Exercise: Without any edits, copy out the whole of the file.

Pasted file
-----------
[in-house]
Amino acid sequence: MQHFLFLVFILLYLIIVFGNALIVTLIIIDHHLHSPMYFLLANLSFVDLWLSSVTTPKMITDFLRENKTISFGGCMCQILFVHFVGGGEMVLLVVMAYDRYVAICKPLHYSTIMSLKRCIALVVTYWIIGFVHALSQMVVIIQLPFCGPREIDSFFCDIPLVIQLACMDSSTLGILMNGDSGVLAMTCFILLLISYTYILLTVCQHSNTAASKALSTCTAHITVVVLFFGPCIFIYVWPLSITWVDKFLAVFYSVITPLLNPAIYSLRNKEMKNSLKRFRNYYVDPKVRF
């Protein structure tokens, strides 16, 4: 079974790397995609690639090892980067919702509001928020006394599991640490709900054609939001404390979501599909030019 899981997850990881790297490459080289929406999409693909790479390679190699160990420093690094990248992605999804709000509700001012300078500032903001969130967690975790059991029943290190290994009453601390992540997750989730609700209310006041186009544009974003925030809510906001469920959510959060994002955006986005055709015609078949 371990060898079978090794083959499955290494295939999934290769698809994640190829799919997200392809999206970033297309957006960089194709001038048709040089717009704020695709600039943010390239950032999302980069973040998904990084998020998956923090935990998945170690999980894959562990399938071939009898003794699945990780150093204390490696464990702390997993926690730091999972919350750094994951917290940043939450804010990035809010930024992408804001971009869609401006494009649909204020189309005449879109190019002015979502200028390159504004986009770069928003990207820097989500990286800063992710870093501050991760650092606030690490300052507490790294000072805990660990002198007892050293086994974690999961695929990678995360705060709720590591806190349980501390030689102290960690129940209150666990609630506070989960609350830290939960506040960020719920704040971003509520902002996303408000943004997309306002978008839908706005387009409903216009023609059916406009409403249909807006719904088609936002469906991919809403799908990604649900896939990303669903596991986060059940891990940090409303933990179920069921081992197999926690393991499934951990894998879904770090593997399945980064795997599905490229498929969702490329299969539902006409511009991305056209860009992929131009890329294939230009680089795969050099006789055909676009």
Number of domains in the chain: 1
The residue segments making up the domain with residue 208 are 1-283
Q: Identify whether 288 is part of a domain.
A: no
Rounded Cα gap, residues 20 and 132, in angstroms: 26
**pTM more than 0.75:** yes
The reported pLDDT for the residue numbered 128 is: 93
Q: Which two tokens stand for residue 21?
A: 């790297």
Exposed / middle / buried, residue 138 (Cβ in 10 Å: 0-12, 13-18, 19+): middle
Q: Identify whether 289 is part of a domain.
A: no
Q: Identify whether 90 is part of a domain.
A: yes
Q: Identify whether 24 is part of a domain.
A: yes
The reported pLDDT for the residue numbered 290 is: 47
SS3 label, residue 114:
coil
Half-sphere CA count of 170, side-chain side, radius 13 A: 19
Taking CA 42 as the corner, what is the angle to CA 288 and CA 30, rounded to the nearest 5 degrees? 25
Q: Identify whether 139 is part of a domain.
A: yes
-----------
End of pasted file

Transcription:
[in-house]
Amino acid sequence: MQHFLFLVFILLYLIIVFGNALIVTLIIIDHHLHSPMYFLLANLSFVDLWLSSVTTPKMITDFLRENKTISFGGCMCQILFVHFVGGGEMVLLVVMAYDRYVAICKPLHYSTIMSLKRCIALVVTYWIIGFVHALSQMVVIIQLPFCGPREIDSFFCDIPLVIQLACMDSSTLGILMNGDSGVLAMTCFILLLISYTYILLTVCQHSNTAASKALSTCTAHITVVVLFFGPCIFIYVWPLSITWVDKFLAVFYSVITPLLNPAIYSLRNKEMKNSLKRFRNYYVDPKVRF
């Protein structure tokens, strides 16, 4: 079974790397995609690639090892980067919702509001928020006394599991640490709900054609939001404390979501599909030019 899981997850990881790297490459080289929406999409693909790479390679190699160990420093690094990248992605999804709000509700001012300078500032903001969130967690975790059991029943290190290994009453601390992540997750989730609700209310006041186009544009974003925030809510906001469920959510959060994002955006986005055709015609078949 371990060898079978090794083959499955290494295939999934290769698809994640190829799919997200392809999206970033297309957006960089194709001038048709040089717009704020695709600039943010390239950032999302980069973040998904990084998020998956923090935990998945170690999980894959562990399938071939009898003794699945990780150093204390490696464990702390997993926690730091999972919350750094994951917290940043939450804010990035809010930024992408804001971009869609401006494009649909204020189309005449879109190019002015979502200028390159504004986009770069928003990207820097989500990286800063992710870093501050991760650092606030690490300052507490790294000072805990660990002198007892050293086994974690999961695929990678995360705060709720590591806190349980501390030689102290960690129940209150666990609630506070989960609350830290939960506040960020719920704040971003509520902002996303408000943004997309306002978008839908706005387009409903216009023609059916406009409403249909807006719904088609936002469906991919809403799908990604649900896939990303669903596991986060059940891990940090409303933990179920069921081992197999926690393991499934951990894998879904770090593997399945980064795997599905490229498929969702490329299969539902006409511009991305056209860009992929131009890329294939230009680089795969050099006789055909676009």
Number of domains in the chain: 1
The residue segments making up the domain with residue 208 are 1-283
Q: Identify whether 288 is part of a domain.
A: no
Rounded Cα gap, residues 20 and 132, in angstroms: 26
**pTM more than 0.75:** yes
The reported pLDDT for the residue numbered 128 is: 93
Q: Which two tokens stand for residue 21?
A: 């790297």
Exposed / middle / buried, residue 138 (Cβ in 10 Å: 0-12, 13-18, 19+): middle
Q: Identify whether 289 is part of a domain.
A: no
Q: Identify whether 90 is part of a domain.
A: yes
Q: Identify whether 24 is part of a domain.
A: yes
The reported pLDDT for the residue numbered 290 is: 47
SS3 label, residue 114:
coil
Half-sphere CA count of 170, side-chain side, radius 13 A: 19
Taking CA 42 as the corner, what is the angle to CA 288 and CA 30, rounded to the nearest 5 degrees? 25
Q: Identify whether 139 is part of a domain.
A: yes